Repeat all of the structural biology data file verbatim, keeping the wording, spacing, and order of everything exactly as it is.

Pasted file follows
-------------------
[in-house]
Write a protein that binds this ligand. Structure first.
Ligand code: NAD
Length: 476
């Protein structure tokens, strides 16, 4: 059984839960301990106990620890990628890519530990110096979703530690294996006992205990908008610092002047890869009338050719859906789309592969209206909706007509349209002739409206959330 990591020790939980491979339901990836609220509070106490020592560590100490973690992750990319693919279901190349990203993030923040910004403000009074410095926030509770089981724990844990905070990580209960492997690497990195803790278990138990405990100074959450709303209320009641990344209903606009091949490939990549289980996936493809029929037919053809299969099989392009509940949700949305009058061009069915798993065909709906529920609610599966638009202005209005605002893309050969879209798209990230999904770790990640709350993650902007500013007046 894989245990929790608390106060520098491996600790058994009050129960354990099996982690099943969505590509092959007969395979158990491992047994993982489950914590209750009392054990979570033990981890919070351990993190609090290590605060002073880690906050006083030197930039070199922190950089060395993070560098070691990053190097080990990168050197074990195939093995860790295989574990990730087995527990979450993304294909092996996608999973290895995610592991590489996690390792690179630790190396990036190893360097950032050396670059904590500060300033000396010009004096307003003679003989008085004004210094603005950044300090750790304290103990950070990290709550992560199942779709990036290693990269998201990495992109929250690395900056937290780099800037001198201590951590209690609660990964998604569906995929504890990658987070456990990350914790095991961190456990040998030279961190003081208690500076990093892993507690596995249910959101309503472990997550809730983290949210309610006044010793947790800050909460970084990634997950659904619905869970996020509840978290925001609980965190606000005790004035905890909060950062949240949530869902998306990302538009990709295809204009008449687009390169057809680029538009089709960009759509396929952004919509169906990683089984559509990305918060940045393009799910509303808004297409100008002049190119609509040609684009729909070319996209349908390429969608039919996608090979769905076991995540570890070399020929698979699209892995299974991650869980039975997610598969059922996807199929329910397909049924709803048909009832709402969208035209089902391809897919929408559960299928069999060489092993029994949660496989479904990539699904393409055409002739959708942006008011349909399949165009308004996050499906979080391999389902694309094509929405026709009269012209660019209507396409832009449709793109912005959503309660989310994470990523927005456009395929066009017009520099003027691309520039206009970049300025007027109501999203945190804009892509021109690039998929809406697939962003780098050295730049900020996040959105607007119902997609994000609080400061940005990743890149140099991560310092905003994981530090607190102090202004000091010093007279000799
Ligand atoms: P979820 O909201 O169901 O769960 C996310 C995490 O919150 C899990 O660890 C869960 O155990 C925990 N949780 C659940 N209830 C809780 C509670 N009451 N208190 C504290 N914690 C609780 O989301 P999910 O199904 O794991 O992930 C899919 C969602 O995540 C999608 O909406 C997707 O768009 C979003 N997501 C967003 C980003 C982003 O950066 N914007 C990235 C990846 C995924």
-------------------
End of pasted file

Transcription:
[in-house]
Write a protein that binds this ligand. Structure first.
Ligand code: NAD
Length: 476
């Protein structure tokens, strides 16, 4: 059984839960301990106990620890990628890519530990110096979703530690294996006992205990908008610092002047890869009338050719859906789309592969209206909706007509349209002739409206959330 990591020790939980491979339901990836609220509070106490020592560590100490973690992750990319693919279901190349990203993030923040910004403000009074410095926030509770089981724990844990905070990580209960492997690497990195803790278990138990405990100074959450709303209320009641990344209903606009091949490939990549289980996936493809029929037919053809299969099989392009509940949700949305009058061009069915798993065909709906529920609610599966638009202005209005605002893309050969879209798209990230999904770790990640709350993650902007500013007046 894989245990929790608390106060520098491996600790058994009050129960354990099996982690099943969505590509092959007969395979158990491992047994993982489950914590209750009392054990979570033990981890919070351990993190609090290590605060002073880690906050006083030197930039070199922190950089060395993070560098070691990053190097080990990168050197074990195939093995860790295989574990990730087995527990979450993304294909092996996608999973290895995610592991590489996690390792690179630790190396990036190893360097950032050396670059904590500060300033000396010009004096307003003679003989008085004004210094603005950044300090750790304290103990950070990290709550992560199942779709990036290693990269998201990495992109929250690395900056937290780099800037001198201590951590209690609660990964998604569906995929504890990658987070456990990350914790095991961190456990040998030279961190003081208690500076990093892993507690596995249910959101309503472990997550809730983290949210309610006044010793947790800050909460970084990634997950659904619905869970996020509840978290925001609980965190606000005790004035905890909060950062949240949530869902998306990302538009990709295809204009008449687009390169057809680029538009089709960009759509396929952004919509169906990683089984559509990305918060940045393009799910509303808004297409100008002049190119609509040609684009729909070319996209349908390429969608039919996608090979769905076991995540570890070399020929698979699209892995299974991650869980039975997610598969059922996807199929329910397909049924709803048909009832709402969208035209089902391809897919929408559960299928069999060489092993029994949660496989479904990539699904393409055409002739959708942006008011349909399949165009308004996050499906979080391999389902694309094509929405026709009269012209660019209507396409832009449709793109912005959503309660989310994470990523927005456009395929066009017009520099003027691309520039206009970049300025007027109501999203945190804009892509021109690039998929809406697939962003780098050295730049900020996040959105607007119902997609994000609080400061940005990743890149140099991560310092905003994981530090607190102090202004000091010093007279000799
Ligand atoms: P979820 O909201 O169901 O769960 C996310 C995490 O919150 C899990 O660890 C869960 O155990 C925990 N949780 C659940 N209830 C809780 C509670 N009451 N208190 C504290 N914690 C609780 O989301 P999910 O199904 O794991 O992930 C899919 C969602 O995540 C999608 O909406 C997707 O768009 C979003 N997501 C967003 C980003 C982003 O950066 N914007 C990235 C990846 C995924």